What Those Chimes You Hear on Airplanes Really Mean

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If you don’t pop in your noise-canceling headphones the moment you take your seat on a flight, you’ll eventually hear a familiar sound: a “ping,” used by the crew to communicate with passengers. That non-threatening sound signals when you should stay seated and when you’re free to get up, for example. But sometimes those sounds aren’t meant for the customers. As People reports, airline crews use the chimes as a Morse code of sorts to alert each other to issues big and small.

Qantas Airways shared the code used on their flights in a blog post last year. The high-low “ding-dong” chime that can be heard ringing throughout the cabin is the most common way staff in different parts of the plane get each other’s attention. According to Qantas, this sound is the “ringtone of a crew phone from one galley or section to another.” These calls are usually made for non-pressing matters, like checking to see what the pretzel situation is like in another galley when one area runs out.

There’s also the triple low chime, which is reserved for priority messages from the captain or crew. This can be used to convey possible turbulence, in which case the flight attendants have time to secure their snack carts before an official announcement is made.

While this system is standard across Qantas Airways, it varies from airline to airline. Retired U.S. Airways captain John Cox shared his own insider information in a blog post for USA Today. In his experience, two chimes indicate the plane is approaching 10,000 feet, while three or more chimes signal either turbulence or a sick passenger in need of medical attention. One chime can also communicate bumpy skies, but it’s more commonly used by plane captains to ask for a coffee refill.

Check out more behind-the-scenes secrets from flight attendants here.

[h/t People]

Here’s How Much a 5-Star Hotel Will Cost You in 100 Popular Travel Destinations Around the World

The Burj Al Arab Hotel in Dubai
The Burj Al Arab Hotel in Dubai
iStock.com/Nikada

Sometimes, you don’t mind roughing it in a tent for the sake of a budget-friendly vacation. Other times, you might want to splurge on a nicer hotel with a buffet breakfast and room service. Enjoying the finer things in life doesn’t necessarily mean breaking the bank, though.

A chart spotted by Thrillist breaks down the cost of 5-star hotels in 100 popular destinations around the world. Travel site Asher & Lyric crunched the numbers, using data from TripAdvisor on the average cost of a weeknight stay at the five top-rated hotels in each destination. The analysis accounted for fluctuating costs from one season to the next, and the chart shows what you might expect to pay during the high season compared to other times of year.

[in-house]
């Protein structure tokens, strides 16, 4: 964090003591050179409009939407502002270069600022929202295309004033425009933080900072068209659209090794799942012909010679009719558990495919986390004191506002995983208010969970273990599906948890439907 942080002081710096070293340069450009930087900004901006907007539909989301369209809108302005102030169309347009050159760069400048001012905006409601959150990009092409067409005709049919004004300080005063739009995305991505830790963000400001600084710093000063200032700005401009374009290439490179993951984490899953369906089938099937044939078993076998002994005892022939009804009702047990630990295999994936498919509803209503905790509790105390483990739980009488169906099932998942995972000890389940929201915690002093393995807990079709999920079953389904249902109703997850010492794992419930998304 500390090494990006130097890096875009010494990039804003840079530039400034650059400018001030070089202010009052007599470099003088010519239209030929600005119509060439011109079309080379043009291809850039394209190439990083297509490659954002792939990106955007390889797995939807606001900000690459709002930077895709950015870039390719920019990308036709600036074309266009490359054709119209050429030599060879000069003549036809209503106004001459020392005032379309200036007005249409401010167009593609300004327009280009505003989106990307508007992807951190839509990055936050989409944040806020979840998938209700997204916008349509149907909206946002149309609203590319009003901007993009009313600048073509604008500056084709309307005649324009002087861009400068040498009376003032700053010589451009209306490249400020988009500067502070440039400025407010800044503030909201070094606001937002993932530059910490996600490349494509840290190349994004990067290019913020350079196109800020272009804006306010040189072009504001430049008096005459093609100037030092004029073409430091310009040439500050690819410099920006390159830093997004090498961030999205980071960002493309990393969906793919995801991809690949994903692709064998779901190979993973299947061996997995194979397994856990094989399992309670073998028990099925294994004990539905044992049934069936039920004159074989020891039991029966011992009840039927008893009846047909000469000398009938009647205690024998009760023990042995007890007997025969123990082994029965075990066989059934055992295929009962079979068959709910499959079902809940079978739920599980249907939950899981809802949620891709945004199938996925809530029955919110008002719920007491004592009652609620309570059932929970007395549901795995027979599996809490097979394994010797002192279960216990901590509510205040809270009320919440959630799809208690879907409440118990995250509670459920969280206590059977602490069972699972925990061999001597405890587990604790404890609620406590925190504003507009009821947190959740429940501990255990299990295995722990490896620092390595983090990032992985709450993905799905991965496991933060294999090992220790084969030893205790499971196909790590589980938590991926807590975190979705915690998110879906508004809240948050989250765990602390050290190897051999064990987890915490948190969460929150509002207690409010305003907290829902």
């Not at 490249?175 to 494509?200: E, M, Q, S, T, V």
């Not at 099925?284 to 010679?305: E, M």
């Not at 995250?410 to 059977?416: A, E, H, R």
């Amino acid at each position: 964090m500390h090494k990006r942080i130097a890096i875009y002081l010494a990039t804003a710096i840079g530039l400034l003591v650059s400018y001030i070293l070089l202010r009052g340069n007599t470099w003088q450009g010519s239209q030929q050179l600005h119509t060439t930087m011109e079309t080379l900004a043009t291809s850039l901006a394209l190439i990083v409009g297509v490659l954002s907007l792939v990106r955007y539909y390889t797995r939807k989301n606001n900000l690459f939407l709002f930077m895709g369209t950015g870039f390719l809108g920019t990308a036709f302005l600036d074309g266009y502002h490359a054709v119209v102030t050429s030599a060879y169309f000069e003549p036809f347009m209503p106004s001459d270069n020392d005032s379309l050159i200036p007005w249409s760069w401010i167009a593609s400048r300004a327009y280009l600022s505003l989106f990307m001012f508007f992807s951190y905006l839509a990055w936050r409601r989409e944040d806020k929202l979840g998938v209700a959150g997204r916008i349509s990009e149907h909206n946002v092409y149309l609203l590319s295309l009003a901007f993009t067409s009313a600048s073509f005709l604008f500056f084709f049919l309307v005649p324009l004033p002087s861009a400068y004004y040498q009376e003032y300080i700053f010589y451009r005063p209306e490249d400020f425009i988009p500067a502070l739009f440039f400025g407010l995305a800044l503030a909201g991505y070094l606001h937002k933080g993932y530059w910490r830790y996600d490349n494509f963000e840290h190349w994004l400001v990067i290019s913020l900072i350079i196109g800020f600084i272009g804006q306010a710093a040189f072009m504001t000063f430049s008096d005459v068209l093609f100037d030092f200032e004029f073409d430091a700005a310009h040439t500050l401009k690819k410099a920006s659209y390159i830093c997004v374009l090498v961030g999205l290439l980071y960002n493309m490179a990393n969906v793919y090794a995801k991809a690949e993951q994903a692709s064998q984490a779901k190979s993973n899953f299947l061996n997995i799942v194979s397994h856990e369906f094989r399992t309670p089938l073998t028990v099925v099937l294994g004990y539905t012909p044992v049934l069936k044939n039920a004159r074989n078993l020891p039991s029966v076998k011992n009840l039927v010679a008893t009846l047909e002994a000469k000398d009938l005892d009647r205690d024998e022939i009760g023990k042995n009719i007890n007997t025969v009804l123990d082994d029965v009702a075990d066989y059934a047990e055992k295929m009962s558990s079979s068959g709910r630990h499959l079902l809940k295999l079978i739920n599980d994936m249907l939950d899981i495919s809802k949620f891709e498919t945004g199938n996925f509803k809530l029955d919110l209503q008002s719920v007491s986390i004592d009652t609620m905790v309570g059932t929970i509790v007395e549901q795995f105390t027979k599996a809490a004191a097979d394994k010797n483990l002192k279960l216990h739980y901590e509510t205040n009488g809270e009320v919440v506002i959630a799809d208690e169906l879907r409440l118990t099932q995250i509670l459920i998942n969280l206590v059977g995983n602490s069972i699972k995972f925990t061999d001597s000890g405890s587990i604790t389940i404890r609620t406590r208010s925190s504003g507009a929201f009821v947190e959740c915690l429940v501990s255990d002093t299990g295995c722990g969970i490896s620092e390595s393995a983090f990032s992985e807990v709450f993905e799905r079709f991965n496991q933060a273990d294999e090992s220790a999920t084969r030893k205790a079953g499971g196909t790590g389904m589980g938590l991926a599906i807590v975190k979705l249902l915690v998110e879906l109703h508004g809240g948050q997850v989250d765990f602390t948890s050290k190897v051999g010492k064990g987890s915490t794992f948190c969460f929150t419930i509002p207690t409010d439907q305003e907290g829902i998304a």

Places like Aspen and the Cayman Islands are predictably among the areas with the priciest hotels, but other vacation spots are surprisingly affordable. Take Dubai in the United Arab Emirates, for instance. This city of skyscrapers is a popular luxury destination—it’s called the “City of Gold,” after all—but its 5-star hotels are the third- cheapest ones on the chart, preceded only by Chennai in India and Manila in the Philippines.

On the opposite end of the spectrum, you’d spend less money staying in a fancy hotel in New York City, Paris, or Rome during the high season than you’d pay to stay in Wyoming’s Jackson Hole. And if you’re looking to travel domestic, check out Las Vegas, Houston, and Atlanta. Of America's top destinations, these cities offer some of the cheapest 5-star hotels.

Scroll down to see the chart, and check out Asher & Lyric’s website for a detailed breakdown of their findings, including their top hotel picks.

How Much 5-Star Hotels Cost in the Top 100 Destinations Around the World - AsherFergusson.com - Infographic
Researched and developed by Asher & Lyric Fergusson

[h/t Thrillist]

Behr Will Pay Someone $10,000 to Travel the U.S. and Canada in Search of New Paint Colors

Rainbow Row in Charleston, South Carolina
Rainbow Row in Charleston, South Carolina
iStock.com/RiverNorthPhotography

Want to add a bit of color and excitement to your life? Behr has just the opportunity for you. The company wants to pay a “Color Explorer” $10,000 to visit vibrant destinations across the U.S. and Canada in search of new hues that will ultimately be turned into actual Behr paints.

“The Behr Color Explorer will kayak the glacial blues of Lake Louise in Banff [Alberta, Canada], people-watch at a vibrant music festival, take in the bold exteriors of Charleston’s Rainbow Row, and experience many more moments of positively pigmented wanderlust in between,” Behr writes in its job description.

Throughout their trip, the Color Explorer will take field notes and plenty of photos, and document their experiences on Behr’s blog and social media. After seeing all there is to see, this person will head to the company’s headquarters in Orange County, California, to work with Behr's marketing team on naming the new colors they uncovered.

Behr's paint names tend to range from the alliterative (see: “Bali Bliss” and “Barely Brown”) to the poetic (“Moth’s Wing”) to the straightforward but still somehow evocative (“Wheat Bread” and “Swiss Coffee”). The company's color of the year for 2019 is called Blueprint.

The ideal Color Explorer will be adventurous, interested in color, and knowledgeable about the latest trends, according to Behr.

In addition to providing a $10,000 stipend, the company will also cover all travel expenses, accommodation, and experiences. Would-be explorers can apply for the gig on Behr’s website by writing a short description of the color that inspires them most before the May 15 deadline. Applicants must be at least 21 years old and residents of the U.S. or Canada, and they must also have a valid passport.

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